From catalysis and flat panel displays to photovoltaics, transparent and conducting transition metal oxides are gaining momentum toward more sustainable and cost-efficient applications.
Here it is shown that, without using phase-matching arrangements, bulk plasmons can be excited in continuous epitaxial films of metallic SrVO3 and SrNbO3, with plasma absorption edges at visible range, and tuned mainly by electron correlations and phonon dressing. Films can be made reflective or transparent at whish.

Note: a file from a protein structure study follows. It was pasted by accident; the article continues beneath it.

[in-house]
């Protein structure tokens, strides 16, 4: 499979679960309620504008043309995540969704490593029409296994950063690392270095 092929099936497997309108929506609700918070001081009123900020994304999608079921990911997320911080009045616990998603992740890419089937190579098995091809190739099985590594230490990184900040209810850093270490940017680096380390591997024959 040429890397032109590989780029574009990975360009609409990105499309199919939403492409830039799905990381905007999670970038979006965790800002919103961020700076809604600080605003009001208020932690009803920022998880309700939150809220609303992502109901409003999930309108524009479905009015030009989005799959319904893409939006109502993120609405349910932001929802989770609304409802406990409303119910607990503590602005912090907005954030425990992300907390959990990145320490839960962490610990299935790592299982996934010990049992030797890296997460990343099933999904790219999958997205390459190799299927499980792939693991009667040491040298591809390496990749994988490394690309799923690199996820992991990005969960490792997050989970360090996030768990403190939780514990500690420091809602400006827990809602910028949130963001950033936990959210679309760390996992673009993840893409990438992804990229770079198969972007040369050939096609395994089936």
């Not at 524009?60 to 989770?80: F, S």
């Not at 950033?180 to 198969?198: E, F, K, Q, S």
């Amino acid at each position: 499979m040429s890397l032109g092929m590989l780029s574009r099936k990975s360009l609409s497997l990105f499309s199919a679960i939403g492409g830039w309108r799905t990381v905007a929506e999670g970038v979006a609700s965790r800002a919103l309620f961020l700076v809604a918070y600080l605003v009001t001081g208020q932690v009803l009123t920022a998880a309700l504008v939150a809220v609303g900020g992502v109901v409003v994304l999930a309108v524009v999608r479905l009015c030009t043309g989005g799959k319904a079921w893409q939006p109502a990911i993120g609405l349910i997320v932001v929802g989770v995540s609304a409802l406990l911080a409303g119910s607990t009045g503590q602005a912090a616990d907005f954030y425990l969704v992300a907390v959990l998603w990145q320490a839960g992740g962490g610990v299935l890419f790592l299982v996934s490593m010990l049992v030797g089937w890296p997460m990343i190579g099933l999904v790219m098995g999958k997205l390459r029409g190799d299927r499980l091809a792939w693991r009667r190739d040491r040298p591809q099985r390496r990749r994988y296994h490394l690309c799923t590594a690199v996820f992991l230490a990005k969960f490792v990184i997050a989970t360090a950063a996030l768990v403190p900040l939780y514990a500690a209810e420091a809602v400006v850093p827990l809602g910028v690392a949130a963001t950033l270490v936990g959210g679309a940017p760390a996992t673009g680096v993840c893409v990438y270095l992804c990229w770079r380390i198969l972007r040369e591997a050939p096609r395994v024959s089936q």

Transparent and metallic oxides based on 3d and 4d metals are promising materials for plasmonics. Here, the growth window to obtain epitaxial SrNbO3 (4d1) thin films is determined and the role of substrates to achieve optimal electrical conductivity and the largest residual resistivity ratio is disclosed. Optical measurements on optimized films indicate a large transparency at the visible with a sharp edge at about 1.9 eV, which coincides with the zero-crossing of the permittivity, allowing to identify the plasma frequency ωp. Similar features are observed in SrVO3 (3d1) films. Optical losses display well pronounced maxima at the corresponding ωp. Polarization-dependent optical transmittance measurements and ellipsometric data show a dip at ωp, occurring for p- but not s-polarized light, which is a fingerprint of optical bulk plasmon excitation. Remarkably, plasmon resonance is achieved here by using oblique incidence of light rather than phase-matching arrangements, and by exploiting charge density gradients at the film surface. This observation points to new opportunities for engineering plasmons in heterostructures.